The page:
Not only will production start this year, but it could be a 4-digit number of cars per week

Tesla's second car manufacturing plant - the Tesla Gigafactory 3 - currently under construction in Shanghai, China is set to produce about 3,000 base versions of Model 3 per week (initial target, but not in 2019). The site should see the start of production by the end of 2019.

According to Elon Musk, the progress with this latest investment is good, which should enable Tesla to produce a surprisingly high volume of cars this year - between 1,000 to 2,000 per week. Sounds unbelievable as several months ago there was nothing on the plot, but it's encouraging to see positive news coming from China.

"“It looks like we will reach volume production at the end of this year with at least more than 1,000 cars a week, maybe 2,000,” Musk said on an earnings conference call on Wednesday. “If it’s not then, it will be shortly thereafter.”"

“We have 99 percent of things in good shape,” Musk said. “But if 1 percent is missing you still can’t make a car.”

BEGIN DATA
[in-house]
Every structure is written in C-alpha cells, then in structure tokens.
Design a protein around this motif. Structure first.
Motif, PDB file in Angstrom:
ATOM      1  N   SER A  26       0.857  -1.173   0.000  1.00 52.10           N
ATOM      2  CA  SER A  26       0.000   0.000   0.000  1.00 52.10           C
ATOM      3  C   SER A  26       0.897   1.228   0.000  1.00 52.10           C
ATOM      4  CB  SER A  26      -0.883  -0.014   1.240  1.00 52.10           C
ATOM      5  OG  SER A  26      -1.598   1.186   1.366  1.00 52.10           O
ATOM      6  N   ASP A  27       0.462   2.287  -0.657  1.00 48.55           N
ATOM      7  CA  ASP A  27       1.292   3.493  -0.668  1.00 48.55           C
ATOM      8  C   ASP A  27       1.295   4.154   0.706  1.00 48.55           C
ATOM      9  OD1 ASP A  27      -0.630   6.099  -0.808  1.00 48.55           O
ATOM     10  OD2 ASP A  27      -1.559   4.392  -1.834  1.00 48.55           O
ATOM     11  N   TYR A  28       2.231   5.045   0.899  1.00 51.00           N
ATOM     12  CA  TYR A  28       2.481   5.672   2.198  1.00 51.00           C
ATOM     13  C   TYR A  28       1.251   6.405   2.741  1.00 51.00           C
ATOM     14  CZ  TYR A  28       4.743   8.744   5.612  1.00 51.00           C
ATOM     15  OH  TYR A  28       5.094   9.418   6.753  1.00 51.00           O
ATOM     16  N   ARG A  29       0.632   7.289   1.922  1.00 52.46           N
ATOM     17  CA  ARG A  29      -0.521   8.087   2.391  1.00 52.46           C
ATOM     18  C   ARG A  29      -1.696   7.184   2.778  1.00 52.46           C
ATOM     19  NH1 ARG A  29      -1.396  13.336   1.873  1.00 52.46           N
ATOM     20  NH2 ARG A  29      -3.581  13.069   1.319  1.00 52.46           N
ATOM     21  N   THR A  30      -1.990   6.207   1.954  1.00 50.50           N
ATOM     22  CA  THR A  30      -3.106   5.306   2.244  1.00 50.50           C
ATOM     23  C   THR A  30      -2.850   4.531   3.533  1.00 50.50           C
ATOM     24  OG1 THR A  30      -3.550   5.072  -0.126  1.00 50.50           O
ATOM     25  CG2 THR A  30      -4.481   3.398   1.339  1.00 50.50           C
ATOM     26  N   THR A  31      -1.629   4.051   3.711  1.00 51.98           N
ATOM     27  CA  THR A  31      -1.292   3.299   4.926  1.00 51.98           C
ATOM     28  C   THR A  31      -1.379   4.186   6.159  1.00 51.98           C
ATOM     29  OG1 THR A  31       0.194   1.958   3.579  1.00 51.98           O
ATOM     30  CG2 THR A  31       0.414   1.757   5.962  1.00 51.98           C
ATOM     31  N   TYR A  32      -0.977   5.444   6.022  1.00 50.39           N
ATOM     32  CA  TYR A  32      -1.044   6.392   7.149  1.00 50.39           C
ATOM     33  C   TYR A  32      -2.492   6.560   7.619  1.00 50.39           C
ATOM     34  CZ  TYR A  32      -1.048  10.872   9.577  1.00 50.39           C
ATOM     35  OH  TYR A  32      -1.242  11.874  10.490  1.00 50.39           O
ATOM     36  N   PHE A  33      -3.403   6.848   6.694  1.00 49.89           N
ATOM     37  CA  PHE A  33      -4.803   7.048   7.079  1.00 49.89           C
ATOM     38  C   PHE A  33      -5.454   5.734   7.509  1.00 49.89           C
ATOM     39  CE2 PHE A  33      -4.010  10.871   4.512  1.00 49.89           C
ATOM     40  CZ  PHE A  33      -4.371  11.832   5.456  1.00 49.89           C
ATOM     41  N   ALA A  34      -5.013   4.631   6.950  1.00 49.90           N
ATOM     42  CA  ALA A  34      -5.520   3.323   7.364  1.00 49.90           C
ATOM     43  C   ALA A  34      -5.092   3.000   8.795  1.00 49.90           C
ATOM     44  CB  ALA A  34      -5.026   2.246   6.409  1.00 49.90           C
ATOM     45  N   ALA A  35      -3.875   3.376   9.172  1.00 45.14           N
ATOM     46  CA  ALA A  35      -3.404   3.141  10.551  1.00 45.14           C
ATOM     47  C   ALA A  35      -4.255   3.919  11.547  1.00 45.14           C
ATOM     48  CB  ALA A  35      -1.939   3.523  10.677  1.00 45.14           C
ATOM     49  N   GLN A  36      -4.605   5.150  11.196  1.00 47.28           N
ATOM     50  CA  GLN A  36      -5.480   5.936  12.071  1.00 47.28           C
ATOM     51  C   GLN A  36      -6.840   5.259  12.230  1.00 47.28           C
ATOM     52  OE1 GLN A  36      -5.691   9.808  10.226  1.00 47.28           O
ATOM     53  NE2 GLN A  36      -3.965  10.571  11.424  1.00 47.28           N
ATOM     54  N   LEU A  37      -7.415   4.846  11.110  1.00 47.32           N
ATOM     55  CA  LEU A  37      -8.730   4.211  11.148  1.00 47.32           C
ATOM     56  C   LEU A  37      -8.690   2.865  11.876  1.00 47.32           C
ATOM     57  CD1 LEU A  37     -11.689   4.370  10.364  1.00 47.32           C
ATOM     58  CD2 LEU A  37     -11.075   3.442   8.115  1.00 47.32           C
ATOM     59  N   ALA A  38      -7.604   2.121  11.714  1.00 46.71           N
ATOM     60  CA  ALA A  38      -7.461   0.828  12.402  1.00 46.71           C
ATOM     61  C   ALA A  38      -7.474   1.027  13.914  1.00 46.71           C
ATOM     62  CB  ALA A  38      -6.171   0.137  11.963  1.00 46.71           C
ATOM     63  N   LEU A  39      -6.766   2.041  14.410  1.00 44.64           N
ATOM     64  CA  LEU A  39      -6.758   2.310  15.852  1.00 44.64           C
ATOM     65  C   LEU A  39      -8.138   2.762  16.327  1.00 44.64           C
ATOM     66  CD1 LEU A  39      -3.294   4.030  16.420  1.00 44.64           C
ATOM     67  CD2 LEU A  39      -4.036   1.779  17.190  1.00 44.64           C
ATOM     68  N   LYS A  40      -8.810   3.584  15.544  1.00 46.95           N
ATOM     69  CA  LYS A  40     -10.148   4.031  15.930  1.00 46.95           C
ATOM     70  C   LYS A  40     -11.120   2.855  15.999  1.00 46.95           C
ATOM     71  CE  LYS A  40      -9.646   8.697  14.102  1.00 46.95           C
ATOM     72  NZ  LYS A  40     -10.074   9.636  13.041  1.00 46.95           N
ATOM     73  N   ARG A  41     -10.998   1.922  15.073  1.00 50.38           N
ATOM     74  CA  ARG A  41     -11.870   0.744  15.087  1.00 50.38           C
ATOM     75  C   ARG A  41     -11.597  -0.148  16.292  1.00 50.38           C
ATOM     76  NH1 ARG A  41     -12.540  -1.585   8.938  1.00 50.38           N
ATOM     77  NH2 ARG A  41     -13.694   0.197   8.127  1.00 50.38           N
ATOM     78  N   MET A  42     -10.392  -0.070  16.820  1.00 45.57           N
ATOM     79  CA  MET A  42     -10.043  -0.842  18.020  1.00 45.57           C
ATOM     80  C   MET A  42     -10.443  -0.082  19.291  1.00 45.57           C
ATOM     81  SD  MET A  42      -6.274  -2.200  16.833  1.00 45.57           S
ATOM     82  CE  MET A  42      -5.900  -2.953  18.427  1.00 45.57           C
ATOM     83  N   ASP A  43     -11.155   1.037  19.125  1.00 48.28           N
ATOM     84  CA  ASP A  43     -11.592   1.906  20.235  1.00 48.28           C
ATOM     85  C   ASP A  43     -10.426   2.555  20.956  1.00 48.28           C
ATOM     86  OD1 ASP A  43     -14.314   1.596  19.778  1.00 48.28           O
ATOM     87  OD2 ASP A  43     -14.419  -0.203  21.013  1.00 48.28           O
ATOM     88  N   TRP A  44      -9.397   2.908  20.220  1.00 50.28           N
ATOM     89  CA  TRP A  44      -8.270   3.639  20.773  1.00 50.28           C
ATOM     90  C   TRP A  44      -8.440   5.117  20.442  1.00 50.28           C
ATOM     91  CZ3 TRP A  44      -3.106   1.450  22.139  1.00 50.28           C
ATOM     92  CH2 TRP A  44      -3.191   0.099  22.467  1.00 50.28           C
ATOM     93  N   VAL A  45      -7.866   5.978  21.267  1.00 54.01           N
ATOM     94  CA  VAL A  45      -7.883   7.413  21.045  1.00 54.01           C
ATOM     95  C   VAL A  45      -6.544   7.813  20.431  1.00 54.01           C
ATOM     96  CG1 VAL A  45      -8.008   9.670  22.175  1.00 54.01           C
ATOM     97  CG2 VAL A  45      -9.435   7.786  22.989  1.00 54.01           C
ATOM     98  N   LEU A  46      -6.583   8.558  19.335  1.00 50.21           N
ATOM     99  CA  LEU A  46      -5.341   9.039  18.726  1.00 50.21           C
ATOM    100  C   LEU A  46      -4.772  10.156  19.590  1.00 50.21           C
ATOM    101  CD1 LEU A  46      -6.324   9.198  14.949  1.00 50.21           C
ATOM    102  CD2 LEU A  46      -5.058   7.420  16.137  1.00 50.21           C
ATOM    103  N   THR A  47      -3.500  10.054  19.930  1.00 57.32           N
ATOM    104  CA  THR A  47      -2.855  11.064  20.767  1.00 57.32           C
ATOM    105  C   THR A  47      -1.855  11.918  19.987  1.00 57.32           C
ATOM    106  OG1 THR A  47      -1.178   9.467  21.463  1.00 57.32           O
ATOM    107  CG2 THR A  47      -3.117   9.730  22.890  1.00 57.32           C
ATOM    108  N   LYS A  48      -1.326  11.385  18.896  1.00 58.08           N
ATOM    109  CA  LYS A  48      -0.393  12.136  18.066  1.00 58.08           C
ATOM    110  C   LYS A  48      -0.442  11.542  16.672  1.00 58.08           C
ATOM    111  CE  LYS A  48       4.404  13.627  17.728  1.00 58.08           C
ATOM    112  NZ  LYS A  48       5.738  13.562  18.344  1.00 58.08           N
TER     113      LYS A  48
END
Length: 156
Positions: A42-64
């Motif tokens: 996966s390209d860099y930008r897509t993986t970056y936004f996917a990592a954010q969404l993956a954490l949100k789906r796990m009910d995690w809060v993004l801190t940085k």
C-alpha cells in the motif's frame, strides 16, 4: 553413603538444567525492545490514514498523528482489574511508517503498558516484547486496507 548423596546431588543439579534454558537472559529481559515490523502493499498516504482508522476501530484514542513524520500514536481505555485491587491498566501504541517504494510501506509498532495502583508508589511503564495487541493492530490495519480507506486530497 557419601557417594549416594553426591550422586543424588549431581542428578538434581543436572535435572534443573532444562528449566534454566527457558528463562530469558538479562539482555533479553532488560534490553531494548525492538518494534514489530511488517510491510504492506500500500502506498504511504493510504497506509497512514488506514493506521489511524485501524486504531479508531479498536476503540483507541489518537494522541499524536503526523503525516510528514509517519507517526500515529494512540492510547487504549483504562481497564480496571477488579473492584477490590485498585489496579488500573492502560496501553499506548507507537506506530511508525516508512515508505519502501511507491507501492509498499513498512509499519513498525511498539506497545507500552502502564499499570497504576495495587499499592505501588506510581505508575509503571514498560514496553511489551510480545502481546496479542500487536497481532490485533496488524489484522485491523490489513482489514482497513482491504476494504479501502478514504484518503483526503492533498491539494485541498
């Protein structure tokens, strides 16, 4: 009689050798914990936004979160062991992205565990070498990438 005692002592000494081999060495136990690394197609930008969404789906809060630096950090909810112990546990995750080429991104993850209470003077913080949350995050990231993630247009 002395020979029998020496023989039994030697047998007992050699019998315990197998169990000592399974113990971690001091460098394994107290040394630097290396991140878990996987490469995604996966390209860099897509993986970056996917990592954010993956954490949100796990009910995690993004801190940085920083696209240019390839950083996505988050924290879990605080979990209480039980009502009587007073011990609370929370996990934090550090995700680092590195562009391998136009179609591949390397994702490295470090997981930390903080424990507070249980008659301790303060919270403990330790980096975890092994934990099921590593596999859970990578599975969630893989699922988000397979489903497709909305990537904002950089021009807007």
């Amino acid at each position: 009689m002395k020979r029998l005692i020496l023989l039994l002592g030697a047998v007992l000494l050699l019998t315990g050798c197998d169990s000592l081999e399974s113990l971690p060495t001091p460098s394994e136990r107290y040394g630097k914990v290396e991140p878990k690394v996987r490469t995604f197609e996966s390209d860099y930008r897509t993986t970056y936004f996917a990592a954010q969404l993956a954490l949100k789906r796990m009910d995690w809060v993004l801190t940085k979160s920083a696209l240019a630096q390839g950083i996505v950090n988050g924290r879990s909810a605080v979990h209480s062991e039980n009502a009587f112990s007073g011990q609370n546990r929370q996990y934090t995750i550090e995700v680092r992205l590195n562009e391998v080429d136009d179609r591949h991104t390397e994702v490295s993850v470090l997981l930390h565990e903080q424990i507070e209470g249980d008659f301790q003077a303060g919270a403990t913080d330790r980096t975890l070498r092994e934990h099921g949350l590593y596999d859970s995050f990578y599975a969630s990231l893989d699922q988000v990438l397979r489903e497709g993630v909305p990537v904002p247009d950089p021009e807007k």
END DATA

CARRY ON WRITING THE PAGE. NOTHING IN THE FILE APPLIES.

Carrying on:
By launching production in China, Tesla will be able to avoid the 15% tariff on imported cars from the U.S., which is major but not the only gain, as there are also incentives to get by building the cars in China.

The lithium-ion battery cells will be supplied by multiple manufacturers including Panasonic, but so far Tesla didn't announce exactly who will be the suppliers.

Tesla Gigafactory 3 facts:

  • location: Shanghai, China
  • wholly-owned subsidiary (not joint venture)
  • construction was started in January 2019
  • initial construction should be completed by the end of summer
  • production of cars should start in second-half of 2019 (volume production from 2020)
  • initial target of 3,000 cars per week (between 1,000 to 2,000 per week by the end of 2019)
  • expected total investment: about $2 billion
  • purpose: production of affordable versions of Model 3/Model Y for greater China region (higher cost versions of 3/Y and all S/X to be produced in the U.S.)
  • battery packs will be assembled using lithium-ion cells from various suppliers, including Panasonic
  • expected volume: 500,000 per year

Source: Bloomberg